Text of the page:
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Recently I typeset the same document on two different computers—once on my Mac and once on a machine running Ubuntu. (Both have the latest release of TeX Live, or whatever the standard distro is.) The two PDFs were identical, except that the heads of the \rightarrows (hence \tos) the Ubuntu machine produced were slightly fatter (and uglier) than those the Mac produced. Does this style feature vary across versions of LaTeX, and how can I control which arrowheads are typeset?

The code

\documentclass{article}

\begin{document}

This document was created on the Ubuntu machine, using \TeX\ Live 2009, \LaTeX\ 2e, etc.
Here is an arrow:
    \[ \rightarrow\]

\end{document}

on the Ubuntu machine generated arrowtest.pdf.

And the code

\documentclass{article}

\begin{document}

This document was created using the Mac, using \LaTeX\ 2e, etc.
This is an arrow:
    \[ \rightarrow \]

\end{document}

on my Mac generated arrowtest2.pdf.

share|improve this question
    
seen on screen or on the printed paper? –  Herbert Jan 27 '11 at 6:51
    
On the screen. The fat arrow looks like the \textrightarrow of the textcomp package. –  Z Norwood Jan 27 '11 at 6:55
1  
Try another pdf viewer, other than evince. –  Leo Liu Jan 27 '11 at 7:02
    
the arrowhead is a single character and always the same. The problem is your viewer –  Herbert Jan 27 '11 at 7:10
1  
Maybe post two minimal PDFs and the source used to create them. –  TH. Jan 27 '11 at 7:27
show 6 more comments

1 Answer

up vote 13 down vote accepted

There are two versions of the arrow heads in circulation, so it is possible that on one machine a font uses the first while on the other machine a font uses the other one.

What happened is that Knuth changed the styles of arrows in 1992 as he says in his Important Message to all Users of TeX :

Many characters were improved in 1992, notably the arrows, which now are darker and have larger arrowheads, so that they don't disappear so easily after xeroxing.

Here is the two versions side by side by comparison:

comparison of the two arrows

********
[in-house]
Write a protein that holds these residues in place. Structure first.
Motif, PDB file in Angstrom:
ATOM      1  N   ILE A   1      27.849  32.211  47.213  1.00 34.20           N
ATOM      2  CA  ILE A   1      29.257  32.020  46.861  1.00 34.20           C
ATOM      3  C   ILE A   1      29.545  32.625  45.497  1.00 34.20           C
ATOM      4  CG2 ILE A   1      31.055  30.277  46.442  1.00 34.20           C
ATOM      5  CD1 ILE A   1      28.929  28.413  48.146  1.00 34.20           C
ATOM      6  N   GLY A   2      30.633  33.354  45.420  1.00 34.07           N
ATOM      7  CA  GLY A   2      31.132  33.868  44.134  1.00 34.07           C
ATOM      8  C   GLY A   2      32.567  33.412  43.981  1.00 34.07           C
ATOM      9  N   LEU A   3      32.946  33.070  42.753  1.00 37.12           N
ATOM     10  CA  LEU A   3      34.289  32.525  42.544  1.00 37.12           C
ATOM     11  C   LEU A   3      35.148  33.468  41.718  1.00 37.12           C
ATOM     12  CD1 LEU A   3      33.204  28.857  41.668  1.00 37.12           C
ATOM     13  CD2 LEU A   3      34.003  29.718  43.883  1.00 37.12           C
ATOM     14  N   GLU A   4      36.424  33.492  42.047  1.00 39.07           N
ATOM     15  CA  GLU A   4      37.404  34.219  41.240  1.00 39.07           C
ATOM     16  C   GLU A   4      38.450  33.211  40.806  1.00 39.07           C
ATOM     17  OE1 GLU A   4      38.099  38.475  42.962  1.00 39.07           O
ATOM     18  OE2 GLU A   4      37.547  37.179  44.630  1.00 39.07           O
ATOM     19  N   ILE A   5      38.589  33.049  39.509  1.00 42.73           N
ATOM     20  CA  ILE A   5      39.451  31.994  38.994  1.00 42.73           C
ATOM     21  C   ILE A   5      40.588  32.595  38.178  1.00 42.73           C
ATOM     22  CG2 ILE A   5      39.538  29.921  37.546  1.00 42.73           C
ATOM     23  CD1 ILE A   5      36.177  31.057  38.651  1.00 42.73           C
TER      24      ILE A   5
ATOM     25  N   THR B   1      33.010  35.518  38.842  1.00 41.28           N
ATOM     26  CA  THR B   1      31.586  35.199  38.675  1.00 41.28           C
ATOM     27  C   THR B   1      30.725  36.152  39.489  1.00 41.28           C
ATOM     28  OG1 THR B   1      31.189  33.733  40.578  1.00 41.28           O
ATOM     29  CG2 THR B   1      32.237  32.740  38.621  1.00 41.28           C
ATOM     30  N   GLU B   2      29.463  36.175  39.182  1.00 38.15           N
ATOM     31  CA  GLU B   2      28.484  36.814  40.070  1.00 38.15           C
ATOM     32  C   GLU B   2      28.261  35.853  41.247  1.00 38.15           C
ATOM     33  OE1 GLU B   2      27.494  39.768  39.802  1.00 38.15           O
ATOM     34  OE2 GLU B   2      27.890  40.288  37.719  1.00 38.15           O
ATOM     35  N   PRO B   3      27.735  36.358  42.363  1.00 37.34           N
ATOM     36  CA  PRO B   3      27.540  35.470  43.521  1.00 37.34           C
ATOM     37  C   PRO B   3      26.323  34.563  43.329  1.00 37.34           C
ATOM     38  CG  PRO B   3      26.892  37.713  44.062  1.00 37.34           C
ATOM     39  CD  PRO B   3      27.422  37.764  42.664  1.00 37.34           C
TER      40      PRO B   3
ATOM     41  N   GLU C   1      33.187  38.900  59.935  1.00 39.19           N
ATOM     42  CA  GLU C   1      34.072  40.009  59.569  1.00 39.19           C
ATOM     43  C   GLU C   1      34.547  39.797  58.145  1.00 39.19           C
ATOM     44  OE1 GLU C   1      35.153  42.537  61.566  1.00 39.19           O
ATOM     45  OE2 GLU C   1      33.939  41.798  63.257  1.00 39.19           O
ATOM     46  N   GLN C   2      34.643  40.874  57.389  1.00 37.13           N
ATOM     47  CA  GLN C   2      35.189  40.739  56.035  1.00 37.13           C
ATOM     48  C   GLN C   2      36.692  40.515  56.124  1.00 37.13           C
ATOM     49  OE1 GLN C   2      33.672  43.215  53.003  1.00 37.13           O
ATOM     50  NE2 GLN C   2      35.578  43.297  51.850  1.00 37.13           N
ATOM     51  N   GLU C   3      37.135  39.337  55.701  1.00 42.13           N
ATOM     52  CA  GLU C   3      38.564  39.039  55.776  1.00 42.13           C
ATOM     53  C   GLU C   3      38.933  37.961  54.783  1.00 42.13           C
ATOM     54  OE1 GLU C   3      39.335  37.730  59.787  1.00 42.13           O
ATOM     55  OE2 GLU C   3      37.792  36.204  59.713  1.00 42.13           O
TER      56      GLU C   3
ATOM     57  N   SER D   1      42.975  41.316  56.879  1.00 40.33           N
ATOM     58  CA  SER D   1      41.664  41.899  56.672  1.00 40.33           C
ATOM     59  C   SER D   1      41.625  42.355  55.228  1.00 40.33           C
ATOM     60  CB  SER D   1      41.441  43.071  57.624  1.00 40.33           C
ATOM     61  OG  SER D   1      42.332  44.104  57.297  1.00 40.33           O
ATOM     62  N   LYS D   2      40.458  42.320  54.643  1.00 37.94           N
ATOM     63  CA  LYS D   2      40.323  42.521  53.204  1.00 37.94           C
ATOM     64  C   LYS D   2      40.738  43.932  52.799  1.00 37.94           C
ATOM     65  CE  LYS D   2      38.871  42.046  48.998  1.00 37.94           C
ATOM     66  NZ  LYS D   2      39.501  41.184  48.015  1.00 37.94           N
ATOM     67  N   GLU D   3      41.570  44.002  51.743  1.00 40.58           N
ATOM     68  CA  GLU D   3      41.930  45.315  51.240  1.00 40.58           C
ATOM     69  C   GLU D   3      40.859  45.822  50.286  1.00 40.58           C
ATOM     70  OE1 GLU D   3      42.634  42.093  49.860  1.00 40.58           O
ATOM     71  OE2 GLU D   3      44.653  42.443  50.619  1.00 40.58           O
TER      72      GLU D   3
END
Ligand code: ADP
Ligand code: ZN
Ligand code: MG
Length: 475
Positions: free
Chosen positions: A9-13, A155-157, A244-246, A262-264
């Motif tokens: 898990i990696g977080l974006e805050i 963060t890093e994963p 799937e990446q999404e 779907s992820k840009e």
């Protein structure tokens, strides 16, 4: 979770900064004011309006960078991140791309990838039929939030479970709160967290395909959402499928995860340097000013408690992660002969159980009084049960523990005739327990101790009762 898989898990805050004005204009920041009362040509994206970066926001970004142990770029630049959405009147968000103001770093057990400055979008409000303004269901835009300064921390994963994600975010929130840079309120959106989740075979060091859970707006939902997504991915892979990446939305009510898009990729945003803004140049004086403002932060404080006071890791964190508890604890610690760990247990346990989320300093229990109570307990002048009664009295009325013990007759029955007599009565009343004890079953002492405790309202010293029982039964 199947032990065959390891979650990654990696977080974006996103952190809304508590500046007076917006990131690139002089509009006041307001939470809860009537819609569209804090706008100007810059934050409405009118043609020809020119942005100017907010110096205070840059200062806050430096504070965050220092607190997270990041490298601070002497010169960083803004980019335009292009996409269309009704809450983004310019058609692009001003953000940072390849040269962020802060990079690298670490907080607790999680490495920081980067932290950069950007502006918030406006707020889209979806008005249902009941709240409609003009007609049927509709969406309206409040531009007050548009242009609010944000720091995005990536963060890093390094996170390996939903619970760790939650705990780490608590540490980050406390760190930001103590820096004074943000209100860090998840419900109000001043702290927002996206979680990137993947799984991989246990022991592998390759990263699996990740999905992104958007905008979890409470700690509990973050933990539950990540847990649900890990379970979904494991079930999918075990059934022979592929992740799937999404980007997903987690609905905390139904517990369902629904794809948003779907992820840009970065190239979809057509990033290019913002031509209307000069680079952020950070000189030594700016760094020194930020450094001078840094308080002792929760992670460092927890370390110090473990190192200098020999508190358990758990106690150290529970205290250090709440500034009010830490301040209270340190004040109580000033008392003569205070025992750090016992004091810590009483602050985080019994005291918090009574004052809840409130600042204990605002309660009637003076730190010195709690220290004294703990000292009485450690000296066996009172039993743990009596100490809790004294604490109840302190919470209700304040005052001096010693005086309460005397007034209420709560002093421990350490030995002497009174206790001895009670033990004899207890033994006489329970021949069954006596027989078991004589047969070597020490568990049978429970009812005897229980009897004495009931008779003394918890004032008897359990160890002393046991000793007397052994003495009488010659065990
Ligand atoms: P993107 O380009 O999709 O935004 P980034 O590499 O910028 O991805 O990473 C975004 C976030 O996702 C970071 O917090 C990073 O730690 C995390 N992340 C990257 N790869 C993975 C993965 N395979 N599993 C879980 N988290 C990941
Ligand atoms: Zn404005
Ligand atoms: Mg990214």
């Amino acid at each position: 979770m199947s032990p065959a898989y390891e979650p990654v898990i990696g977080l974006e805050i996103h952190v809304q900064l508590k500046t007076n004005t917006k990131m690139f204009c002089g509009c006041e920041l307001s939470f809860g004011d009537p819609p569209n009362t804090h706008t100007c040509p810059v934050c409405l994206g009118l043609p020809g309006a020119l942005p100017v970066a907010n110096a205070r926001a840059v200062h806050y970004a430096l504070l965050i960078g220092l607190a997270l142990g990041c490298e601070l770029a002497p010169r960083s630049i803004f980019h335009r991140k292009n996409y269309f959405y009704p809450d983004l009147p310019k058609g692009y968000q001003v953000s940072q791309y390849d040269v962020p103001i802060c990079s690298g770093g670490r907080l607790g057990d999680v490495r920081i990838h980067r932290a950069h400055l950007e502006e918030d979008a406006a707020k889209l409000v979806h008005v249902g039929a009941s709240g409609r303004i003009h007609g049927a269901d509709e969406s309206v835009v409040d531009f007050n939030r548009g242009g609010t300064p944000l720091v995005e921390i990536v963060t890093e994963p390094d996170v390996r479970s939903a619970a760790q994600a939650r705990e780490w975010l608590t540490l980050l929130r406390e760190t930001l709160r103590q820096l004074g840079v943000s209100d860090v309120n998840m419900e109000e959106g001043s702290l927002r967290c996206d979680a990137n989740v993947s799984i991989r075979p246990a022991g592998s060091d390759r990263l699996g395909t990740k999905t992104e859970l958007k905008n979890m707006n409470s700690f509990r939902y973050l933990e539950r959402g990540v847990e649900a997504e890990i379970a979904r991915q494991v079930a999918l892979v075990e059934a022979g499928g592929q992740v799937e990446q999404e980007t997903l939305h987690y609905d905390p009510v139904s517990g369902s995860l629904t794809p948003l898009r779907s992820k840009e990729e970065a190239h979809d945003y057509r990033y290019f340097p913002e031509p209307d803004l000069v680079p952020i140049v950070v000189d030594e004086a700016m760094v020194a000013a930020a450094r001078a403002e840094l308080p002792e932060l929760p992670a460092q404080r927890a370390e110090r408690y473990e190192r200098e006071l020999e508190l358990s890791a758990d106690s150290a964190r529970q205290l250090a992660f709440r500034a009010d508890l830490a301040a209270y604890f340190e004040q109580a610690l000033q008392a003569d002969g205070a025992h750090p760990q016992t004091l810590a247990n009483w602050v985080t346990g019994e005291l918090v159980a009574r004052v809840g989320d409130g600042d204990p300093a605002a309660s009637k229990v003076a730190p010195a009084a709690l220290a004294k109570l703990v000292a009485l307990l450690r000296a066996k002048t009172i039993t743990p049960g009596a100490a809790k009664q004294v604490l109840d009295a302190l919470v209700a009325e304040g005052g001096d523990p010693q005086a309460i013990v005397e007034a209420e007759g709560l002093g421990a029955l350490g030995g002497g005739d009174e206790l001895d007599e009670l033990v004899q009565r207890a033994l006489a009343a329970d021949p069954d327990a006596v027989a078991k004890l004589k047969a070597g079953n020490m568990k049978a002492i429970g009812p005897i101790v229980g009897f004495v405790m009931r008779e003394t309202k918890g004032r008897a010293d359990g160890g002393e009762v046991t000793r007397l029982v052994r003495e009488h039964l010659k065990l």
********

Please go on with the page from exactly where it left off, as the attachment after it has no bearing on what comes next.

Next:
The problem is that when the fonts based on Computer Modern where converted in type1 format, some of them stayed with the old version and some with the new version. For example, the amssymb \twoheadrightarrow uses the short arrowhead whereas the bluesky type1 \rightarrow uses the large one:

enter image description here

\documentclass{article}
\usepackage{amssymb}
\begin{document}
$\rightarrow$ $\twoheadrightarrow$
\end{document}

If you load an old lmodern package (e.g. version 1.3 from 2007/01/14) the \rightarrow will use the old arrow head (but the text arrow the new one). However, in the newest lmodern, the correct arrow heads are now being used, as the lm-hist.txt file says:

Ver. 2.003, 16.09.2009: main modification: shapes of LM glyps consistent
with D.E. Knuth's recent changes in CMs plus lots of tiny changes;
most important changes are described in details below: 
* fonts and glyphs modified according to D.E. Knuth's changes in CMs
  (note that the corrections related to glyph shapes, not metric data):
  -- leftward arrow (char '040), rightward arrow (char '041),
     upward arrow (char '042), downward arrow (char '043),
     left-and-right arrow (char '044), northeast arrow (char '045),
     southeast arrow (char '046), northwest arrow (char '055),
     southwest arrow (char '056), up-and-down arrow (char char '154)
     lmsy5 lmbsy5 lmsy6 lmsy7 lmbsy7 lmsy8 lmsy9 lmsy10 lmbsy10

If you are sure that your two TeX distributions are recent, using \usepackage{lmodern} on both should solve the issue.

share|improve this answer
    
This is exactly what I was hoping for. Thank you! –  Z Norwood Jan 27 '11 at 8:14
    
Now what should I do if I like the old arrow heads much better? (OK, I shouldn't ask questions in comments, but this one may be permitted.) –  Hendrik Vogt Jan 27 '11 at 8:36
1  
@Hendrik: the simplest way is to keep an old version of lmodern around, but then you loose the newest changes to the fonts. A better solution would be to convince the lmodern team to add an option for this. Another possibility, if you don't mind doing a lot of work for it, is to make a virtual font which takes all the symbols from the newest lmodern except the arrows which would come from the old version. –  Philippe Goutet Jan 27 '11 at 12:33
1  
@Philippe: Options 2 and 3 both sound good. Probably I won't have the nerve for #2, but #3 is not too hard for me. Thanks! (It was here where I noticed the different arrow tips; for the triple arrow I actually don't like the new one.) –  Hendrik Vogt Jan 27 '11 at 12:49
1  
@Zach: what you really need to copy is the pfb files from the [texmf]/fonts/type1/public/lm folder (the exact folder may vary from distribution to distribution). It would also be safer to copy the corresponding tfm files (in [texmf]/fonts/tfm/public/lm); the enc files shouldn't have changed, but if you have any problems, you should also copy them. –  Philippe Goutet Jan 31 '11 at 8:37
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